[20] It follows that the parties are required to share the cost of the expert, at least at the outset. The ultimate determination as to costs is for the trial judge.

[21] I will add that a report as to value may benefit all parties in another way. The value of Leer’s shares has been an issue and a topic of discussion between the parties since 2009, when the personal defendants offered him a buyout. A valuation will provide the parties with the information required to settle this longstanding dispute, and may promote that result.

[22] I conclude that it is appropriate to exercise my discretion in favour of the plaintiffs and to make the order set out in Rule 5-3 that expert evidence as to valuation of Leer’s shares be given by a jointly appointed expert.



Joint Experts and the New Rules of Court


Can the BC Supreme Court order that parties use a joint expert in a personal injury trial against the wishes of one of the parties?  Reasons for judgement were released today by the BC Supreme Court, Vancouver Registry, addressing this question.
In today’s case (Benedetti v. Breker) the Plaintiff was involved in a 2005 collision.  He was 17 at the time and allegedly sustained a brain injury with psychiatric consequences.  The Plaintiff brought an application asking that the Court order that Dr. O’Shaugnessy be appointed as a joint expert in the lawsuit.  The Defendant objected to having a joint expert.  Master Baker dismissed the motion and in doing so found that the Rules of Court do not permit a joint expert to be appointed over the objection of a party unless its done at a Case Planning Conference.  The Court provided the following reasons:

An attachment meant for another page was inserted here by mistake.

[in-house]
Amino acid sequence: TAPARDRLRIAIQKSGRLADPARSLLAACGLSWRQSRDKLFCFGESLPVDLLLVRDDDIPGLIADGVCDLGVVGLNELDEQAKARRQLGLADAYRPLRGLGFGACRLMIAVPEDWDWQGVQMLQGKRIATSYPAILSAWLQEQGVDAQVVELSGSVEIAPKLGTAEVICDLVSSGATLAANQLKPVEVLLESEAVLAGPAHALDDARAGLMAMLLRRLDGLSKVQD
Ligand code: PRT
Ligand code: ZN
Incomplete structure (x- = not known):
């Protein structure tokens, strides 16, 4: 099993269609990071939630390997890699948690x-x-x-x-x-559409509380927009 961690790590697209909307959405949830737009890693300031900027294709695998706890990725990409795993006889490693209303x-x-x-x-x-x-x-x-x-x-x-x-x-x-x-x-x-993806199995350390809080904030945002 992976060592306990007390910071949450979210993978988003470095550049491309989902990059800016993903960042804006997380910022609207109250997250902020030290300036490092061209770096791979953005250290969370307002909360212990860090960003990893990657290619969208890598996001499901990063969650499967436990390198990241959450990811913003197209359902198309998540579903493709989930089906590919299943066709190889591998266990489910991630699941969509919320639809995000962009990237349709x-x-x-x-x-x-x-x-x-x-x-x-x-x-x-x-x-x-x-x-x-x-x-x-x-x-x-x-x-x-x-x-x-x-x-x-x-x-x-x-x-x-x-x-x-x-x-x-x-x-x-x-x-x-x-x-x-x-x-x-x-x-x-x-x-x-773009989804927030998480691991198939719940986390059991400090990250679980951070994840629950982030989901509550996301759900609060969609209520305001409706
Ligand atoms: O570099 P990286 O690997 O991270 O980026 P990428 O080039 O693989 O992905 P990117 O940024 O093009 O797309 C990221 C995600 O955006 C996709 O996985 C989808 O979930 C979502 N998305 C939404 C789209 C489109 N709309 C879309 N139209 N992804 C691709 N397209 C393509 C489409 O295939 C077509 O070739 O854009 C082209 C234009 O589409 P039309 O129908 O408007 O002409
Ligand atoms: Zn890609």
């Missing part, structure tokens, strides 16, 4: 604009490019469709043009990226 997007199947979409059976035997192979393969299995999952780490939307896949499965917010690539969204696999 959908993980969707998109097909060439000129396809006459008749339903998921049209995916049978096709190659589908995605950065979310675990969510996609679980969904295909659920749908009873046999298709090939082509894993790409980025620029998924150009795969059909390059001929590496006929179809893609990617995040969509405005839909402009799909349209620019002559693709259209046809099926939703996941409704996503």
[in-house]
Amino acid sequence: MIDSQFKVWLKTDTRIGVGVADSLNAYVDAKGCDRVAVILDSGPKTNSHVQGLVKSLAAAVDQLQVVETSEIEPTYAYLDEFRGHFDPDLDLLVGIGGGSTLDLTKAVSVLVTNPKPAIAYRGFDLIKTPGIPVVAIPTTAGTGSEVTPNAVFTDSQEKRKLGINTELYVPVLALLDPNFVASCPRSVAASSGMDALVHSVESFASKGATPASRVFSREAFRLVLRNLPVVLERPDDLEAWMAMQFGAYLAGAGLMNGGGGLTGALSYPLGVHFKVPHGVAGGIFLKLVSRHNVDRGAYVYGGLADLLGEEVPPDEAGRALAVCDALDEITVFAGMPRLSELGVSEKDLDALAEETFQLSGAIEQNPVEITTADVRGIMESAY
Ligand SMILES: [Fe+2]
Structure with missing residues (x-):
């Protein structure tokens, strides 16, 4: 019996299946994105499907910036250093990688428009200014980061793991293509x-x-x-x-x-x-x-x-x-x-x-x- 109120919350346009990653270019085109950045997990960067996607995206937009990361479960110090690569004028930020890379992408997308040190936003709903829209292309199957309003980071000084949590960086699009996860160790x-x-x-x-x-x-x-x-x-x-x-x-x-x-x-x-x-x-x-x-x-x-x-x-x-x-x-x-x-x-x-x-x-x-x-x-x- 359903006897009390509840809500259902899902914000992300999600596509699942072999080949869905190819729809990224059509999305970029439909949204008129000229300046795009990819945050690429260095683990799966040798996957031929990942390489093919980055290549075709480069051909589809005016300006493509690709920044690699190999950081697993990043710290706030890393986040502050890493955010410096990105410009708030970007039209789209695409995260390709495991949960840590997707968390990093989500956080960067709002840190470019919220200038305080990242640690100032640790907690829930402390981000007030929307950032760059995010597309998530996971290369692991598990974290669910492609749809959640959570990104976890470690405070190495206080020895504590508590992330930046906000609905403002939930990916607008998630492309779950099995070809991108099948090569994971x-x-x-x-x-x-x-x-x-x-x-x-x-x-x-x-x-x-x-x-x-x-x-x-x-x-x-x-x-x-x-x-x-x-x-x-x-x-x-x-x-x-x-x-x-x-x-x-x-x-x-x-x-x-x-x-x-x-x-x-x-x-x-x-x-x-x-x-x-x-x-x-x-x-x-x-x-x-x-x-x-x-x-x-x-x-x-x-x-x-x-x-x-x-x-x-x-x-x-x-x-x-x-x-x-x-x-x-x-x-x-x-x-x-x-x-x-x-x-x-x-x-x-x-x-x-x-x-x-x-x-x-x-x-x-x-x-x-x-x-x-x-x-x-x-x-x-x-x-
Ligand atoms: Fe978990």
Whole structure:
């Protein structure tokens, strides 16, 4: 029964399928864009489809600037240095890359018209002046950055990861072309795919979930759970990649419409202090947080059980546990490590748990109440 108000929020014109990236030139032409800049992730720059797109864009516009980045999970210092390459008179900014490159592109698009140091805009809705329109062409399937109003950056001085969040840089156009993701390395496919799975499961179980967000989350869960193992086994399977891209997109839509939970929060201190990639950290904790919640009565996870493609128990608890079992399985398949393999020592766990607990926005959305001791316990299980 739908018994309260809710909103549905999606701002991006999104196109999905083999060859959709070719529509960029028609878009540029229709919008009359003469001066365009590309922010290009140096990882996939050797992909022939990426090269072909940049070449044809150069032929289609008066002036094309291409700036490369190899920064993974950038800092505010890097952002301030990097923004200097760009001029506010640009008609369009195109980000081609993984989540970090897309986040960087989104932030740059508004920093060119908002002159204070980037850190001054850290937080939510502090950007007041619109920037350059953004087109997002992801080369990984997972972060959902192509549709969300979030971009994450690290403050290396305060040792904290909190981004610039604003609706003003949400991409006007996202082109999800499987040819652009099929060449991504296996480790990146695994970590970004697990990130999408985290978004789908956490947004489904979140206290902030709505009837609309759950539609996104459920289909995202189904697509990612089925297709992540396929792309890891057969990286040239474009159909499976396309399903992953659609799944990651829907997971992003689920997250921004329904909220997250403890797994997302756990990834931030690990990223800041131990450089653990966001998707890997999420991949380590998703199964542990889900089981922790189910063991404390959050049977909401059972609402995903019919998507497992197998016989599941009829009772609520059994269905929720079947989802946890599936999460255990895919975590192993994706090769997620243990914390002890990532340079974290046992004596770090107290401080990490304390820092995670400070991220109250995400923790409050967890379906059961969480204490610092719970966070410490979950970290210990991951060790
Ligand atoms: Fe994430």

[11] Jointly appointed experts are not new to litigation in British Columbia.  In the family law context section 15 of the Family Relations Act has, for over 30 years, provided for the appointment of experts to investigate and prepare custody and access reports.  Realty appraisers are also often jointly appointed and instructed in family proceedings.  It is not all that unusual to encounter jointly-instructed experts in construction disputes.  But the new Rules clearly have brought greater focus and emphasis to the appointment of joint experts and invite the wider application of that process.

[12] Having said that, I agree with Mr. Nugent that this application does not follow the correct procedure for such an appointment.  He is correct in his analysis and that the only provision in the new Rules for the appointment of a joint expert over the wishes of one or both of the parties is in Rule 5-3(1)(k)(i), authorizing the presiding Judge or Master to order

that the expert evidence on any one or more issues be given by one jointly-instructed expert

Rule 11-3, he correctly argues, only permits the court to direct who that expert will be, or other terms ancillary to the appointment.  Rule 11-3 assumes that either the parties have agreed to the concept of a joint expert, or that the court has already ordered one in a CPC.  Neither of those assumptions apply in this case.